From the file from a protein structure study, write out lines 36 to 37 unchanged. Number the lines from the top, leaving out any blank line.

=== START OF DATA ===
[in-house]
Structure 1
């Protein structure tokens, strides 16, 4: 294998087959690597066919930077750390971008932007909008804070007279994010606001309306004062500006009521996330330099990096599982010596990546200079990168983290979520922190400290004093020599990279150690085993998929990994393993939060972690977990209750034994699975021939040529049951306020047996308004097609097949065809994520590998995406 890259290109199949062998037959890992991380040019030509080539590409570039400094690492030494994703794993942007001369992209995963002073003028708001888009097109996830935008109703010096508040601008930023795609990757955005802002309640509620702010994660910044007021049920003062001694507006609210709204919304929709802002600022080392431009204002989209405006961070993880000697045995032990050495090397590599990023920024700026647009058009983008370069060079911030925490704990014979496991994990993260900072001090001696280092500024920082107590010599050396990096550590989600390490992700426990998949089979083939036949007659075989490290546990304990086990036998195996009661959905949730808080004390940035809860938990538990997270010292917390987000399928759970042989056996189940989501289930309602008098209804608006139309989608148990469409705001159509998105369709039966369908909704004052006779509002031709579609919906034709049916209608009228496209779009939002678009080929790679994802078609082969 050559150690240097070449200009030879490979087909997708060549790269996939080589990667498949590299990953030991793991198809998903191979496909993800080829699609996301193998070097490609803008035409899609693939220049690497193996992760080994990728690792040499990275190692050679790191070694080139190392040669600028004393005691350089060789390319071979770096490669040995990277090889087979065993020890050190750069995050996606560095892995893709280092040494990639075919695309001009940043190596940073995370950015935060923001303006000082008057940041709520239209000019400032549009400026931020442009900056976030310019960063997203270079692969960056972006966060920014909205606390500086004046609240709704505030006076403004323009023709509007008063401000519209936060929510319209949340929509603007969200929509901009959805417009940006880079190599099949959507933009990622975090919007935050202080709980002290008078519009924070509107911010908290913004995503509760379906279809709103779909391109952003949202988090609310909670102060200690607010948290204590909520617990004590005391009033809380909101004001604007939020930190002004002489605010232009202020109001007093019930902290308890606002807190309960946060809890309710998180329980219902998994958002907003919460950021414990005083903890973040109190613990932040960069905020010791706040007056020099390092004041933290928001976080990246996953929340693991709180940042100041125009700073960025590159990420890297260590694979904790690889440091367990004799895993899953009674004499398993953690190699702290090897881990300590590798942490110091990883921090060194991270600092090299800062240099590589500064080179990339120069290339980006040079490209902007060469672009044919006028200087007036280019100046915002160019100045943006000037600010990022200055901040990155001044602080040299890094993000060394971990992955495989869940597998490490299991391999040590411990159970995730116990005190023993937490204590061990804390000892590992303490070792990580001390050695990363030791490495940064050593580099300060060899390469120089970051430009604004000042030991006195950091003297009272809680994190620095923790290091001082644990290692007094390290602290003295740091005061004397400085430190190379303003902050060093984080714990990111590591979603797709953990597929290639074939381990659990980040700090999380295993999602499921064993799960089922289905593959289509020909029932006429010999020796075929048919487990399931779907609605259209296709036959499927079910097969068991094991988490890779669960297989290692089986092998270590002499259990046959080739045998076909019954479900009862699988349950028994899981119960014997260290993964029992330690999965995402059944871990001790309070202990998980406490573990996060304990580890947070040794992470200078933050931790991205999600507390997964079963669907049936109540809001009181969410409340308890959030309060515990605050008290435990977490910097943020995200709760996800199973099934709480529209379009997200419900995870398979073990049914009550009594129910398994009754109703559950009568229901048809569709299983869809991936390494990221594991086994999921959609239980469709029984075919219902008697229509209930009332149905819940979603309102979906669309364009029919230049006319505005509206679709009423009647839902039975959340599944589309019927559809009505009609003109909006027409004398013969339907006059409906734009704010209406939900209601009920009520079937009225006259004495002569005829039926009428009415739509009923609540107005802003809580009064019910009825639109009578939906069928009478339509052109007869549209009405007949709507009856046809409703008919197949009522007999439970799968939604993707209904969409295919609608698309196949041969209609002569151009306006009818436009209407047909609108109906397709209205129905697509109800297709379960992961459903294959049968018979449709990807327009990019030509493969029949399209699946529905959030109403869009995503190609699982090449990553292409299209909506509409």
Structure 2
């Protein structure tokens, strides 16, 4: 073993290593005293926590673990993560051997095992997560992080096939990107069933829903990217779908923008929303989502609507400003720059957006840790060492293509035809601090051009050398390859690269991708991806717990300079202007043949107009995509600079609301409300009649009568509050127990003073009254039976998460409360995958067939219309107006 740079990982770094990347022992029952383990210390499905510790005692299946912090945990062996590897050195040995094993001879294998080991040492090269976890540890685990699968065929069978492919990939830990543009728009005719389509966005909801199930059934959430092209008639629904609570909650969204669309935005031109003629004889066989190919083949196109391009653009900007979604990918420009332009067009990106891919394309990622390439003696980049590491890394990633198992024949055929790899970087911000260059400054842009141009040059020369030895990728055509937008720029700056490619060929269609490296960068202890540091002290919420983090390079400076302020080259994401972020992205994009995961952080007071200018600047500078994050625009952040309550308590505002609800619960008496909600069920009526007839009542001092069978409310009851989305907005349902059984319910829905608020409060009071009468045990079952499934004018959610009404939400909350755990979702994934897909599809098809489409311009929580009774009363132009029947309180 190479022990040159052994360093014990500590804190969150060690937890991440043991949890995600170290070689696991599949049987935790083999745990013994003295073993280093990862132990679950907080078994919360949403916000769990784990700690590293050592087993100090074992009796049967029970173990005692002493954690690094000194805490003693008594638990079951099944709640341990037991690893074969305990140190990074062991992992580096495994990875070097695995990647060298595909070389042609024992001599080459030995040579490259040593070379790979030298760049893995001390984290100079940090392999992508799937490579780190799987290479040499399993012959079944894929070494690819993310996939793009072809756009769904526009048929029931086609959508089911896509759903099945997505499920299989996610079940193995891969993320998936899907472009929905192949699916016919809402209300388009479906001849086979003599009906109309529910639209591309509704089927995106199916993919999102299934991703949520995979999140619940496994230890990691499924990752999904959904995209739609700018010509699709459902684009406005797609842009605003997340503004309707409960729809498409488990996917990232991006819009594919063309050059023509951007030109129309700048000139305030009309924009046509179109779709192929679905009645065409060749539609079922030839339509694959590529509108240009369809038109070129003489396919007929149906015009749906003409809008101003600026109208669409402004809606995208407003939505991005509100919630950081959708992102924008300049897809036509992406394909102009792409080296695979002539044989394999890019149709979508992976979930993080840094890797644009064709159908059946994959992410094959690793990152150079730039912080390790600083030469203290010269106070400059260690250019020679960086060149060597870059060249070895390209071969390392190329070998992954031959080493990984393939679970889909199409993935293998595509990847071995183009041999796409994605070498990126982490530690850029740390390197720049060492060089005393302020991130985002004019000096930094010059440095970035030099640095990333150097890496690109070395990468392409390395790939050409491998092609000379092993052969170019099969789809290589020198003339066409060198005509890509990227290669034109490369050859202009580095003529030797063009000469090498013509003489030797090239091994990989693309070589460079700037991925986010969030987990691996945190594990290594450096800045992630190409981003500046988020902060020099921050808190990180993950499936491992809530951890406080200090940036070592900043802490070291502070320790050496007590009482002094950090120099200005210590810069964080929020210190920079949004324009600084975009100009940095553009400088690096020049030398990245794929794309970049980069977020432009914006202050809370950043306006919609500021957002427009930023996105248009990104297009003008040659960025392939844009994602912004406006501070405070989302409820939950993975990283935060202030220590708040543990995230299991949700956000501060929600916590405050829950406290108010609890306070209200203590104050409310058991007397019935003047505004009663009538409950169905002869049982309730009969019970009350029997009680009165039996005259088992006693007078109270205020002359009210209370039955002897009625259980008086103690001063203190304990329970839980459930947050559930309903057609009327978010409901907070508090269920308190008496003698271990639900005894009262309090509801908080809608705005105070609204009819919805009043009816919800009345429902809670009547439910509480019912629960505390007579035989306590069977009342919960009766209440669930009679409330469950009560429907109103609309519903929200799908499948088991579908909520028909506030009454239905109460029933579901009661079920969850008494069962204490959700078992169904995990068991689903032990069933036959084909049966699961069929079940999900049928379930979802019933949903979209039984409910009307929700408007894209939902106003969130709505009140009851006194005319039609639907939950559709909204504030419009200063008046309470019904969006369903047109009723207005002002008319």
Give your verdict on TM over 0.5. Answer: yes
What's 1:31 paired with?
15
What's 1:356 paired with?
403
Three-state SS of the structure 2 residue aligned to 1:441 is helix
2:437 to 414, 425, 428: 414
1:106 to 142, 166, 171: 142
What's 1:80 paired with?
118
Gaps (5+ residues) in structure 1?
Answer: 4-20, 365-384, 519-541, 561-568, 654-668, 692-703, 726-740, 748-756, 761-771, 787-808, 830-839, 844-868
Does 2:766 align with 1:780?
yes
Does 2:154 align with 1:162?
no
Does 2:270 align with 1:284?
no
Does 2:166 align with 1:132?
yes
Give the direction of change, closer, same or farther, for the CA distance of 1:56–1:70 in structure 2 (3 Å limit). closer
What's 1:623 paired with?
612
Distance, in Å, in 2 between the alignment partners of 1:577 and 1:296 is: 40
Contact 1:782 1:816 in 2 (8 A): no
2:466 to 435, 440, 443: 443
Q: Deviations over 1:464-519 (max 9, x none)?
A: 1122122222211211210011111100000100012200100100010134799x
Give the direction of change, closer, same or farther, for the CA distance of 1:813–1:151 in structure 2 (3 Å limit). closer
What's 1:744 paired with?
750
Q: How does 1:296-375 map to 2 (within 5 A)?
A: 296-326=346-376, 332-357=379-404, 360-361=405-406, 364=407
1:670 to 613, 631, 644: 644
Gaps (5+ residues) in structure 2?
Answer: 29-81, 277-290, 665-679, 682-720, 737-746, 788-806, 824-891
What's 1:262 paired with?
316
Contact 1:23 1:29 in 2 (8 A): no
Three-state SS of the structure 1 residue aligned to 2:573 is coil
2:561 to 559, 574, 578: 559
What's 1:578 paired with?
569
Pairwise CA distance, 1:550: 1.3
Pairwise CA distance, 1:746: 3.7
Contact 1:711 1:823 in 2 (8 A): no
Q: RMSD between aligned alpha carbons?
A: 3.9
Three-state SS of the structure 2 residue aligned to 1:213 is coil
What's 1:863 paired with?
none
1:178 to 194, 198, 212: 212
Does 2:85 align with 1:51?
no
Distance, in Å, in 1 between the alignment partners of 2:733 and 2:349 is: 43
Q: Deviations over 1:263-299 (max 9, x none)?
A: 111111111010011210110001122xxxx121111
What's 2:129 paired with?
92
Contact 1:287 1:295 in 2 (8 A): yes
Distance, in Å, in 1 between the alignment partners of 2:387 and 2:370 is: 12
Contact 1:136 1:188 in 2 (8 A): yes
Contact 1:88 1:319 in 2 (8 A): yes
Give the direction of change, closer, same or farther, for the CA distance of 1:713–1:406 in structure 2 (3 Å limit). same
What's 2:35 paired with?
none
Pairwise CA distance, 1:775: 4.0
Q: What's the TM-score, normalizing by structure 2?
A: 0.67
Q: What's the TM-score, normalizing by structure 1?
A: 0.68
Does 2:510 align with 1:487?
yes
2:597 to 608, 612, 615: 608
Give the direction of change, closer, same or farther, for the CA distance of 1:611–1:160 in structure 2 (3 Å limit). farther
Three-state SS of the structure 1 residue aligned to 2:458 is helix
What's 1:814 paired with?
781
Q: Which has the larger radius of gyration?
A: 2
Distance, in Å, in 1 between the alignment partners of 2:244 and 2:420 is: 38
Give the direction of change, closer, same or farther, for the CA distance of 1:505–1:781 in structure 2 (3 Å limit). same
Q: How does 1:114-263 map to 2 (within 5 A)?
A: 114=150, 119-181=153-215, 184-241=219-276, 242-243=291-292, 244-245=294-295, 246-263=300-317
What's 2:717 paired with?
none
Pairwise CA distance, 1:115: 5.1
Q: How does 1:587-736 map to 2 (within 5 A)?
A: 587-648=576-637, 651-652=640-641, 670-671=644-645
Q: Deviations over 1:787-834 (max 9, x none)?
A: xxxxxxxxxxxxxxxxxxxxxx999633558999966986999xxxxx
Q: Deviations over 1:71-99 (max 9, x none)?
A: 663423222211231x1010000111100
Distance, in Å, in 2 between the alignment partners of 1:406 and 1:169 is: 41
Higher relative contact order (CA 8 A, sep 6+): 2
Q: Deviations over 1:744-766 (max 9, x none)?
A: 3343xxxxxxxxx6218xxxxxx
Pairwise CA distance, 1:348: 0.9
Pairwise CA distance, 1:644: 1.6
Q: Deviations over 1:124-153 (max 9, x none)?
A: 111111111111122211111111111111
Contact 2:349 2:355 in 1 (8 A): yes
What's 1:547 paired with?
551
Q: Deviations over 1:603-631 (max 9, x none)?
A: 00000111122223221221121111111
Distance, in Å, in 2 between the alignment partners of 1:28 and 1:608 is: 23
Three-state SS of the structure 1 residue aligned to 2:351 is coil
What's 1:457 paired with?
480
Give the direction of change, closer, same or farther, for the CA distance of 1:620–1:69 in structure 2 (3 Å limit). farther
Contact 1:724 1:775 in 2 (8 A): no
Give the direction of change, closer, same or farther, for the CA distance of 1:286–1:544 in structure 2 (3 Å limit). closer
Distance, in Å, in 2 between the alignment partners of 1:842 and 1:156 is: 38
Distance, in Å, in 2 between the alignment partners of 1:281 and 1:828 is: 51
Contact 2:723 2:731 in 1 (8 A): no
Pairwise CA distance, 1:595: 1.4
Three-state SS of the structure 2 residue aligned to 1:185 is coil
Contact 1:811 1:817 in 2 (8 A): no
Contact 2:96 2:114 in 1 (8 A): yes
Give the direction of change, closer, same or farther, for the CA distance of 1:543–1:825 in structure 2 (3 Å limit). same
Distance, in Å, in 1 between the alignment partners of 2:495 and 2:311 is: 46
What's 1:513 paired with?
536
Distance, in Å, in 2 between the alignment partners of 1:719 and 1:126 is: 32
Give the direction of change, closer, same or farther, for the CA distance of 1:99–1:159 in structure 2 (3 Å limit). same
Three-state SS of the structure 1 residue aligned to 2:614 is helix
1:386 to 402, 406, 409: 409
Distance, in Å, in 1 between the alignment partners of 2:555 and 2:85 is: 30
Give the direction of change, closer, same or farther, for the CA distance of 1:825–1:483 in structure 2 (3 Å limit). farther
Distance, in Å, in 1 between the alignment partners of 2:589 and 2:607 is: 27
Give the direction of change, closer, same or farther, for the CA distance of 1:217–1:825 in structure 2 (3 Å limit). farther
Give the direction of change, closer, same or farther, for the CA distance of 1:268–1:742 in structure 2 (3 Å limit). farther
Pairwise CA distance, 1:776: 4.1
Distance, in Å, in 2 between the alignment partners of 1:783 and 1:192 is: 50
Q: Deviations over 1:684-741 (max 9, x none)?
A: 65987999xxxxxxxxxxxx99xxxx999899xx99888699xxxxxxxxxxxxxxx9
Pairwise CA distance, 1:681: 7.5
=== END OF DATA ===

750
Q: How does 1:296-375 map to 2 (within 5 A)?